As we have previously discussed in other blog posts, the Paycheck Protection Program (“PPP”) administered by the Federal government provides critical assistance and incentives for small businesses to keep their workforce employed as the COVID-19 pandemic continues to rage across the county.
The New Jersey Appellate Division issued a decision on January 12, 2021, in the matter of Chris Doe v. Rutgers University, which offers some clarity to the obligation of school districts to respond to certain Open Public Records Act (“OPRA”) requests for student records.
Yesterday, the President signed a third COVID-19 economic relief package into law, allocating a fresh $900 billion to aid programs spanning multiple sectors.
On August 12, 2020 the Supreme Court of New Jersey held up the constitutionality of the controversial "New Jersey COVID-19 Emergency Bond Act” ("COVID Bond Act"), which authorizes the State of New Jersey ("State") to borrow up to $9.9 billion to address the fiscal crisis that has resulted from the continuation of the COVID-19 pandemic.
In the wake of nationwide protests stemming from the tragic death of George Floyd and the subsequent calls across the country to both defund police departments and reform their practices, access to real time information regarding police activities has rapidly gained momentum.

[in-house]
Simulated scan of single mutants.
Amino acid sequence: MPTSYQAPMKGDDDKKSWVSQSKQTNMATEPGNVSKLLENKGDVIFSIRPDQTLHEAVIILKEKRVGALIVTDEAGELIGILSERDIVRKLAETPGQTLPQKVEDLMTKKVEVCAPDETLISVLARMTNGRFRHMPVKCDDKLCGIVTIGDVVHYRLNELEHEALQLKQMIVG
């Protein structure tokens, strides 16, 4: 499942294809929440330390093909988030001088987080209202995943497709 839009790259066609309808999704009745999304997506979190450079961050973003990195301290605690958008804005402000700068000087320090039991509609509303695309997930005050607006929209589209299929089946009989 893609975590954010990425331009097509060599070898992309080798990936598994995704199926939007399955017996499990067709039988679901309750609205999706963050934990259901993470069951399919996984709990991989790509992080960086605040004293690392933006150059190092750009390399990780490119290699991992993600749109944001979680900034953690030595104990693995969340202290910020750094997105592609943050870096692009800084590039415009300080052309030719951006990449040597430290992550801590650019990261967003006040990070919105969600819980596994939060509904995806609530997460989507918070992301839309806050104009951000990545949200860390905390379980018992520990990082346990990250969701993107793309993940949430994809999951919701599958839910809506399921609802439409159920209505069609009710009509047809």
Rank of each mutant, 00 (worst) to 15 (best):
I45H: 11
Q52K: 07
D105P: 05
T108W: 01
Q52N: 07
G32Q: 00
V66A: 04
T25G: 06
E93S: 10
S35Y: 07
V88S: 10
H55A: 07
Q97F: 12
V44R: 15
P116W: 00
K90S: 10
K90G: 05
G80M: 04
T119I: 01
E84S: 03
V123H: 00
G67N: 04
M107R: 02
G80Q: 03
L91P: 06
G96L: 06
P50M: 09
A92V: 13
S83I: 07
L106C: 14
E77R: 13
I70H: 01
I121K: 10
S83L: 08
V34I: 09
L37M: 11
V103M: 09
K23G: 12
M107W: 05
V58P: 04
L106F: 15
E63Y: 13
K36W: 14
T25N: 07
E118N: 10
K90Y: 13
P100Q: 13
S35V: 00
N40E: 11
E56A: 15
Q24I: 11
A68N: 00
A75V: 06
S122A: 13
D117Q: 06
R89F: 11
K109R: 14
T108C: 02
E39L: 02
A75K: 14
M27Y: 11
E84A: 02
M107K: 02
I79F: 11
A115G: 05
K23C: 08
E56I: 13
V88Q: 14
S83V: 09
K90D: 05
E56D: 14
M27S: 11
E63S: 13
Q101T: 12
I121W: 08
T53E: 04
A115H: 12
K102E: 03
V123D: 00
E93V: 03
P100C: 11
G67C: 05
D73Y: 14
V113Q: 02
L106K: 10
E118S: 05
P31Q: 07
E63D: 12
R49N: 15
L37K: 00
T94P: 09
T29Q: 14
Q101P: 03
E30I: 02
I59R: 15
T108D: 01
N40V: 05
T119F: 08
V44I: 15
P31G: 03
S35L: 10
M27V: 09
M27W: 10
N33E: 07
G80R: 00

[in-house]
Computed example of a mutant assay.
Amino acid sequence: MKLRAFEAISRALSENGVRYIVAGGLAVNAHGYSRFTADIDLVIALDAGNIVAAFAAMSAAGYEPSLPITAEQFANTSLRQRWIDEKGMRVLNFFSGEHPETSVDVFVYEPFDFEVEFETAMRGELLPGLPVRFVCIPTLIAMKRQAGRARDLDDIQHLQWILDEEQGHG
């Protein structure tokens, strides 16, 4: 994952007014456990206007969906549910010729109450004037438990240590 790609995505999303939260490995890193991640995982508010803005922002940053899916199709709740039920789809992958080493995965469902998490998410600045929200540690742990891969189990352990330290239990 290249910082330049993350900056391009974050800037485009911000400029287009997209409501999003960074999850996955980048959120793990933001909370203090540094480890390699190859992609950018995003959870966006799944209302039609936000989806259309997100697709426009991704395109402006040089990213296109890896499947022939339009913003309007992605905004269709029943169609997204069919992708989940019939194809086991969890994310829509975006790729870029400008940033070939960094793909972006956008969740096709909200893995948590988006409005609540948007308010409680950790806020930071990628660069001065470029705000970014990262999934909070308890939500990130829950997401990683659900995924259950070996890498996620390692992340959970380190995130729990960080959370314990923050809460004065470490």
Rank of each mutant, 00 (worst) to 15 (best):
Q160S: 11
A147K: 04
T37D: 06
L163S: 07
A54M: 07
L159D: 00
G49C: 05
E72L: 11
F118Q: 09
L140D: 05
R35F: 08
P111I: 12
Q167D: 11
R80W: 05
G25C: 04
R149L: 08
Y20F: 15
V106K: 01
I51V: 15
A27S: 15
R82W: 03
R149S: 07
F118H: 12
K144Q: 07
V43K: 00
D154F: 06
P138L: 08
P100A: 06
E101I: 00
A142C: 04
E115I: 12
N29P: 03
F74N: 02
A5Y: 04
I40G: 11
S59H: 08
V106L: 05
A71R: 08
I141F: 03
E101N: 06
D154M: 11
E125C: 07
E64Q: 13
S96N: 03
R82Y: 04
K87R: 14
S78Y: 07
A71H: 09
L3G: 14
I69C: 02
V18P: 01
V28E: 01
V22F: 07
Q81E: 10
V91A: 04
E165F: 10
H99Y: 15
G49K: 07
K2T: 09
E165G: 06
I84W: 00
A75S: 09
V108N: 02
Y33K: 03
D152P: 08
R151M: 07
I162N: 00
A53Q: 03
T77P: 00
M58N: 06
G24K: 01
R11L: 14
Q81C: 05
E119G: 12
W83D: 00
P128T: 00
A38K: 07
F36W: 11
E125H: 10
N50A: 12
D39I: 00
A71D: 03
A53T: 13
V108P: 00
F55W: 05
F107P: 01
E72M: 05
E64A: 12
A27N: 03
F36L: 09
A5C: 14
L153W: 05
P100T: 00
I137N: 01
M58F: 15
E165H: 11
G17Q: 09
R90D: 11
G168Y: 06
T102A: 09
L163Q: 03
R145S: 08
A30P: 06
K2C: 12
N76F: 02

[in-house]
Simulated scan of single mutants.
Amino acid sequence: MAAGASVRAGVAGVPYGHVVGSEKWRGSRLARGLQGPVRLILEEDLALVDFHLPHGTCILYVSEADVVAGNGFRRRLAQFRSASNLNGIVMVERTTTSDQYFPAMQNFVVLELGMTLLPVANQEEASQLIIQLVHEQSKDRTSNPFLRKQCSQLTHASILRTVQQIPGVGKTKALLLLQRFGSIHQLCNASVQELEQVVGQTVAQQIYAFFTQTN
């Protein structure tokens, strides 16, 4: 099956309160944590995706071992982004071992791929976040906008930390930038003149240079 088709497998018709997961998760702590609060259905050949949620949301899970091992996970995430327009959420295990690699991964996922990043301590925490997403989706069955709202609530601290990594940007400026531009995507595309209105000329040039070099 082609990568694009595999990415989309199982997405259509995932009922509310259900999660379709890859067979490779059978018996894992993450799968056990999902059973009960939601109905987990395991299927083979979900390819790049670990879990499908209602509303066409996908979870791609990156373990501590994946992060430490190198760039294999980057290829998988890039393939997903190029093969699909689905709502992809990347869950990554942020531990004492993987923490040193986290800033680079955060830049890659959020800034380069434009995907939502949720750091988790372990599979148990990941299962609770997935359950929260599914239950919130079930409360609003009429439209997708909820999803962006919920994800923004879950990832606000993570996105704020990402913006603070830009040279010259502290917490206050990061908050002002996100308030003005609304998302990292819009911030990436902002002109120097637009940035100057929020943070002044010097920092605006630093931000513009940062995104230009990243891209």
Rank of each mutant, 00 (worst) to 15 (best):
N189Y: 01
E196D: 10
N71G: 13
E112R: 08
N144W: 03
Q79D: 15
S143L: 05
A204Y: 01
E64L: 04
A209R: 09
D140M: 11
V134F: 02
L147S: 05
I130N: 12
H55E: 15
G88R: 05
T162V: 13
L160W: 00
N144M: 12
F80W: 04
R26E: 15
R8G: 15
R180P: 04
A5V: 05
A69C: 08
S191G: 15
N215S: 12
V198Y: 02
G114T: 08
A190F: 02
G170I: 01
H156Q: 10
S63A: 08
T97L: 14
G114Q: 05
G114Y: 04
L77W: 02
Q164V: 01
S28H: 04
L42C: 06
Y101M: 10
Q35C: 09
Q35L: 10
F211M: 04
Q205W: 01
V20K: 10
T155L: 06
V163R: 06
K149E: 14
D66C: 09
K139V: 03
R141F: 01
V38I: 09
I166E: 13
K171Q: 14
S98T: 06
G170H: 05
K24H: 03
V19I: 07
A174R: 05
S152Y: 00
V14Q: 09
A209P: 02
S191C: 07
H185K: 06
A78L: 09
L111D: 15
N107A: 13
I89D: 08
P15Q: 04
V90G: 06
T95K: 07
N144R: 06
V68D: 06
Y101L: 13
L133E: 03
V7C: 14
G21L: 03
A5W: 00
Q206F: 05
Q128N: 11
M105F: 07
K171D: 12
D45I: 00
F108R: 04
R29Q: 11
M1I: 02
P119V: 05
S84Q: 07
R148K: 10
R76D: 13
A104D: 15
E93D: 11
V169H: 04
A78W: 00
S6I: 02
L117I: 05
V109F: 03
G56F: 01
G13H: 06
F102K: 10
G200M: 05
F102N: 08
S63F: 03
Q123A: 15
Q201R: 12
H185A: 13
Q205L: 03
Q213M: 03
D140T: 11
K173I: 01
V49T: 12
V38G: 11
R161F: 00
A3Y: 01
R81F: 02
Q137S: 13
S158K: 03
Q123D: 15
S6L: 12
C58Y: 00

We keep hearing that 5G networks are coming to municipalities as necessary to the emerging Internet of Things (IoT) and as a significant improvement to our past mobile networks.
In a shift from past opinions, a recent Appellate Division decision provides municipalities and their police departments’ protection from Open Public Records Act (“OPRA”) litigation for certain records produced by police officers but ultimately maintained by the judiciary through an electronic system.
Yesterday, the Supreme Court of the United States issued an opinion on a set of three cases involving the termination of gay and transgender employees.
On June 5th, the Paycheck Protection Program Flexibility Act of 2020 (“PPPFA”) was signed into law.
Recently, we became pioneers in the realm of a virtual trial. Our litigation was on a fast track -- it involved affordable housing and a challenge to a zoning ordinance.